But Michael Brendan Dougherty at Slate sees in Francis a “Catholic nightmare.”
[The] other way to look at the dawn of this papacy is that it is one more in the pile of recent Catholic novelties and mediocrities. …
Besides his lack of knowledge of the ins and outs of the Vatican, there is almost no evidence of him taking a tough line with anyone in his own diocese. Are we to believe that Buenos Aires has been spared the moral rot and corruption found almost everywhere else in the Catholic clergy? Or, more likely, do we have another Cardinal who looked the other way, and studiously avoided confrontation with the “filth” in the church, no matter the danger to children or to the cause of the church? Presumption and detraction are sins, but Catholics should gird themselves; the sudden spotlight on his reign may reveal scandal and negligence.
Liturgical traditionalists (myself included) can only be depressed by this election–it is almost the worst result possible for those of us who think the new liturgy lost the theological profundity and ritual beauty of the Tridentine Mass. Benedict’s liberation of the traditional Latin Mass and revisions to the new vernacular Mass have not been implemented at all in Cardinal Bergoglio’s own diocese. Already some of the small breaks with liturgical tradition at the announcement of his election are being interpreted as a move toward the grand, unruly, and improvisational style of John Paul II; an implicit rebuke of Benedict.
Argentina’s Muslims, meanwhile, are welcoming the election of Bergoglio, according to the Buenos Aires Herald:
Sumer Noufouri, secretary general of the Islamic Center of the Republic of Argentina (CIRA), described ties “between the CIRA and now Pope Francis excellent,” explaining that their one-decade relationship “has helped to build Christian-Muslim dialogue,” something “really significant in the history of monotheistic relations in Argentina. … Mario Jorge Bergoglio is a respectful, pro-dialogue person who knows Islam.”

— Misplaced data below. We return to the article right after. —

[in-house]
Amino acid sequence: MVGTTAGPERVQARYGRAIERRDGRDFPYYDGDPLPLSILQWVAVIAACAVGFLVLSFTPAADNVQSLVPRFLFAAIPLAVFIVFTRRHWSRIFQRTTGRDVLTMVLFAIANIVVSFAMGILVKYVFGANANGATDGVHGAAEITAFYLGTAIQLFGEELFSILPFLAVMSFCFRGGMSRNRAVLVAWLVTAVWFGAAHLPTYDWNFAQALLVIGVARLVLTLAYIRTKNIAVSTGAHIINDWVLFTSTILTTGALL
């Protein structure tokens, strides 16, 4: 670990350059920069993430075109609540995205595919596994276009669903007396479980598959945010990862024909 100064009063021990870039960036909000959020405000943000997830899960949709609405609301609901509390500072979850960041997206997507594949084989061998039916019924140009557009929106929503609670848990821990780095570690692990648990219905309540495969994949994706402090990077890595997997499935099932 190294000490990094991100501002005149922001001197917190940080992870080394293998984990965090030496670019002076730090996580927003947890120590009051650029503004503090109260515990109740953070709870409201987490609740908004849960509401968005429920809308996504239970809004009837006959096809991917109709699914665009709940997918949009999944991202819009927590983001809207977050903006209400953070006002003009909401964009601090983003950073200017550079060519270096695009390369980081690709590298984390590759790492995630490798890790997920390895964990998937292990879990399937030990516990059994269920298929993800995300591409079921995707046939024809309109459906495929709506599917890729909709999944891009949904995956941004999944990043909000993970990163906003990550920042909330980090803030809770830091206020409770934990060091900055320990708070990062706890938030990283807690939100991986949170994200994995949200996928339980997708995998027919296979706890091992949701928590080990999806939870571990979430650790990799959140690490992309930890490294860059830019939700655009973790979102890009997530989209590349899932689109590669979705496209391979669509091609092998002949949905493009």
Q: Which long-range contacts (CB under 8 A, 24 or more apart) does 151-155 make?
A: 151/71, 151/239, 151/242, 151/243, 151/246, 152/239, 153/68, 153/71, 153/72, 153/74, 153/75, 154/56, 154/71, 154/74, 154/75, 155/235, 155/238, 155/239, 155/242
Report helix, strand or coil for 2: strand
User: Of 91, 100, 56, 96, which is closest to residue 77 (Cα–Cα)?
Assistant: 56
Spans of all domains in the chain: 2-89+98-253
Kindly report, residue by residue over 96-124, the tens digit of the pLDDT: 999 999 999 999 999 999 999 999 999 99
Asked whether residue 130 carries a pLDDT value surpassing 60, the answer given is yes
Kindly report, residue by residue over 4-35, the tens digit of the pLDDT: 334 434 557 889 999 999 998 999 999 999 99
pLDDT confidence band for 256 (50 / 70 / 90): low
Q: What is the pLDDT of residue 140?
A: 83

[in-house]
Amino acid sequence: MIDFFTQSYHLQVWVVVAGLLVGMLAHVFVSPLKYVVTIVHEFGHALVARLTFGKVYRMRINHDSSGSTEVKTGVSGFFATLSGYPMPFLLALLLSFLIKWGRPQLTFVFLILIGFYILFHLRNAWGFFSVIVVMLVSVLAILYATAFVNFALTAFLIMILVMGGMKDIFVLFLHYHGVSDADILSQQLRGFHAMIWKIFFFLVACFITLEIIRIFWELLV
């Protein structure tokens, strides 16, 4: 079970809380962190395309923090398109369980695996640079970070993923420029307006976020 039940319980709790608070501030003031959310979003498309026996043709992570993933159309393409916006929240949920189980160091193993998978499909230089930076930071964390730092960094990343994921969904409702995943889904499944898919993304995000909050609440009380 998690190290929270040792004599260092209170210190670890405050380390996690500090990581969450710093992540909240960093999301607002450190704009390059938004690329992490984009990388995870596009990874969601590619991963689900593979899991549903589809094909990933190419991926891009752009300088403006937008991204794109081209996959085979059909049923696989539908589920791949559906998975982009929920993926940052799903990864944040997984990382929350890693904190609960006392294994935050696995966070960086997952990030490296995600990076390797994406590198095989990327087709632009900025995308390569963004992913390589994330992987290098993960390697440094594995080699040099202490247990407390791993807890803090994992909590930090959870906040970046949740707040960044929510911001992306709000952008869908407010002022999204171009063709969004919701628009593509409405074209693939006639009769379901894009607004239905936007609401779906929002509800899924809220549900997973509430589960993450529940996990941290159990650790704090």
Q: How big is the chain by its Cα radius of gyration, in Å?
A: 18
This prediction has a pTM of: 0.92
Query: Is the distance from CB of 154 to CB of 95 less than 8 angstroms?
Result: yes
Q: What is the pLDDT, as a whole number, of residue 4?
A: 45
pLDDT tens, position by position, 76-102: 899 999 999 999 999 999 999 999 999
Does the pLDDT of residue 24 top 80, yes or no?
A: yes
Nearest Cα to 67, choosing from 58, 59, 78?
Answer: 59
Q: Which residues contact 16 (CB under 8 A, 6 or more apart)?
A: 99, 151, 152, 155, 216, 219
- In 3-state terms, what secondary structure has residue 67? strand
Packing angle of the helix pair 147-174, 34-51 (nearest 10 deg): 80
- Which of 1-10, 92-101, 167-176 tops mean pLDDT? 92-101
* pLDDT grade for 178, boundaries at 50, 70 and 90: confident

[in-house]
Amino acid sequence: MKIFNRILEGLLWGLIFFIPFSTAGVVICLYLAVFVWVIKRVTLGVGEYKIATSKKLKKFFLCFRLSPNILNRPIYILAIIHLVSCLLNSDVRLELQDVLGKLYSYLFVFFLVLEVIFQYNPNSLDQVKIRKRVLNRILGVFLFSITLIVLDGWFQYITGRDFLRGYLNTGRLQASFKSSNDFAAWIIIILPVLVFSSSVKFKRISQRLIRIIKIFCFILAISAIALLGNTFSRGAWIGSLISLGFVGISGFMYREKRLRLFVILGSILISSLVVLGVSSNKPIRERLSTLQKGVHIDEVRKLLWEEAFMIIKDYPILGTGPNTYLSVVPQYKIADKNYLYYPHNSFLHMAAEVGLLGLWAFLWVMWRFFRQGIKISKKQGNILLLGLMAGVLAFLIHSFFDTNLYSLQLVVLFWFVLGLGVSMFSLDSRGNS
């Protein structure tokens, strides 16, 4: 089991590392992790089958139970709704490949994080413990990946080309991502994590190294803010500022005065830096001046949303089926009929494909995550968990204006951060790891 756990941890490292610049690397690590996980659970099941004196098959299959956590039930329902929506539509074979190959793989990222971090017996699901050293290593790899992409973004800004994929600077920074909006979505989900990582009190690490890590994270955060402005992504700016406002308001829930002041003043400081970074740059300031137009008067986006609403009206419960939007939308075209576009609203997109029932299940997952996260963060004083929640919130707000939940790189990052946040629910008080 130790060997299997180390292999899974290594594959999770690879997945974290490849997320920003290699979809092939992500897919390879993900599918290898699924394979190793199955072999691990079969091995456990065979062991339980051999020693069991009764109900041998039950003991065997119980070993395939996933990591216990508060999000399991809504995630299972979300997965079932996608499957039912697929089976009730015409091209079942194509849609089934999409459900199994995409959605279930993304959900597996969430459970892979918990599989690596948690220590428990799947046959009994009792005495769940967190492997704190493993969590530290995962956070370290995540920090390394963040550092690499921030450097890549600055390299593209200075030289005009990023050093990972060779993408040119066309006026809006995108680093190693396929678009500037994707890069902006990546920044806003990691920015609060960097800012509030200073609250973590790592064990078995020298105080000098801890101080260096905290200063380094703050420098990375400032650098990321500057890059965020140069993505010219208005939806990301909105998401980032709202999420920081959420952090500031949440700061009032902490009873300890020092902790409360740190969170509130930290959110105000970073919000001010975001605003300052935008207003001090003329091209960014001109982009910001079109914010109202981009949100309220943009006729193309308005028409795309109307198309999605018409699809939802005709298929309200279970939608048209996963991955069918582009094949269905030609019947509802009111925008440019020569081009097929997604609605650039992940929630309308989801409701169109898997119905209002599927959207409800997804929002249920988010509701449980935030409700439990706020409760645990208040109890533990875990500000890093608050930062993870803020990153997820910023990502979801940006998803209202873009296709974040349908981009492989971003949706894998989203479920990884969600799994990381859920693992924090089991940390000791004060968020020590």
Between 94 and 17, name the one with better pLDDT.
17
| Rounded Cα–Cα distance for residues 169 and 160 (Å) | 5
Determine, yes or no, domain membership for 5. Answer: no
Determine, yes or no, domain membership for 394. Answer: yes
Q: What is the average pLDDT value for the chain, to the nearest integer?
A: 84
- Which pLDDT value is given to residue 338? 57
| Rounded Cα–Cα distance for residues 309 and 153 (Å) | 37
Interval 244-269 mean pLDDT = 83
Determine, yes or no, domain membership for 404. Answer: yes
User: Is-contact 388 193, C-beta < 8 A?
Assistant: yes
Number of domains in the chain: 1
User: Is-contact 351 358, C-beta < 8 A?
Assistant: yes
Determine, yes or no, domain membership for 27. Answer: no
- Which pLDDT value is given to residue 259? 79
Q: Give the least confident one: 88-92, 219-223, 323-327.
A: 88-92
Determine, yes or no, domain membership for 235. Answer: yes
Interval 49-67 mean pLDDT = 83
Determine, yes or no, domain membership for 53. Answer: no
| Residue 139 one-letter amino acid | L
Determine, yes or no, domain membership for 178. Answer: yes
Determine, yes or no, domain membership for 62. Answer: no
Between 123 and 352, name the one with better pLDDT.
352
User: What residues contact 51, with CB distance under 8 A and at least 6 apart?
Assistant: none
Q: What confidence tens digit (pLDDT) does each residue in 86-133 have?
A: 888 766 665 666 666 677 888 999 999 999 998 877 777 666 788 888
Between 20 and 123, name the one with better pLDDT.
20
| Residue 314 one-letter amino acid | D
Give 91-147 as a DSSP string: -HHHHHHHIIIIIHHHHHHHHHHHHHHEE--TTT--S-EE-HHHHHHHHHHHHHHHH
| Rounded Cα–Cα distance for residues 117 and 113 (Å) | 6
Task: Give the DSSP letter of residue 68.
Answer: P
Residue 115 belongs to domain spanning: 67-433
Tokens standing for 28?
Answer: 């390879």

Vice President Joseph Biden is traveling to Rome for the installation of Francis; House Speaker John Boehner, though invited, is not.
Even while world leaders extend congratulations, the message from China—where there are twelve million Catholics divided between a state-supervised church that has appointed bishops without papal approval and an “underground” wing that resists government ties—comes with a warning.
Hua Chunying, a Foreign Ministry spokeswoman, said that Beijing hoped the pope … would work with Chinese officials on improving relations. But, she said, the Vatican “must stop interfering in China’s internal affairs, including in the name of religion.”
She also said the Vatican must sever diplomatic relations with Taiwan before ties with Beijing improve. China considers Taiwan a renegade province that is part of its territory.
Even if [Bergoglio] was a compromise choice of some sort, his fellow electors were clearly quite happy to make it. If the new pope makes bold moves, and especially moves that ruffle feathers in the Roman court, it will reflect his confidence in that support. On the other hand, if he does prove more of a caretaker figure, it will be a sign that a supermajority of his fellow cardinals had much less interest in institutional change than the pre-conclave press accounts suggested.
Charles Pierce definitely sees a caretaker. More entertainingly:
OK, so he’s the first pope from Latin America, and the first Francis, which ties him with Hilarius and a few dozen others for last place in the papal names rankings. He’s also a member of The Society — A Jesuit pope, the first one, which means Dan Brown gets five more novels. (Strangely enough, the Jesuits, in their Fourth Vow, take a special vow of obedience to…wait for it…the pope. This is going to make for an interesting internal monologue for the new fella, I’m thinking.)
If you’re still wondering why Pope Francis has just the one lung, here are some possible explanations.
Finally, the choice of Bergoglio must come as a relief to Eleonore Schoenborn, the ninety-two-year-old mother of one-time candidate Austrian Cardinal Christoph Schoenborn: In the run-up to the conclave she publicly worried that her son “would not be up to the bitchiness in the Vatican.”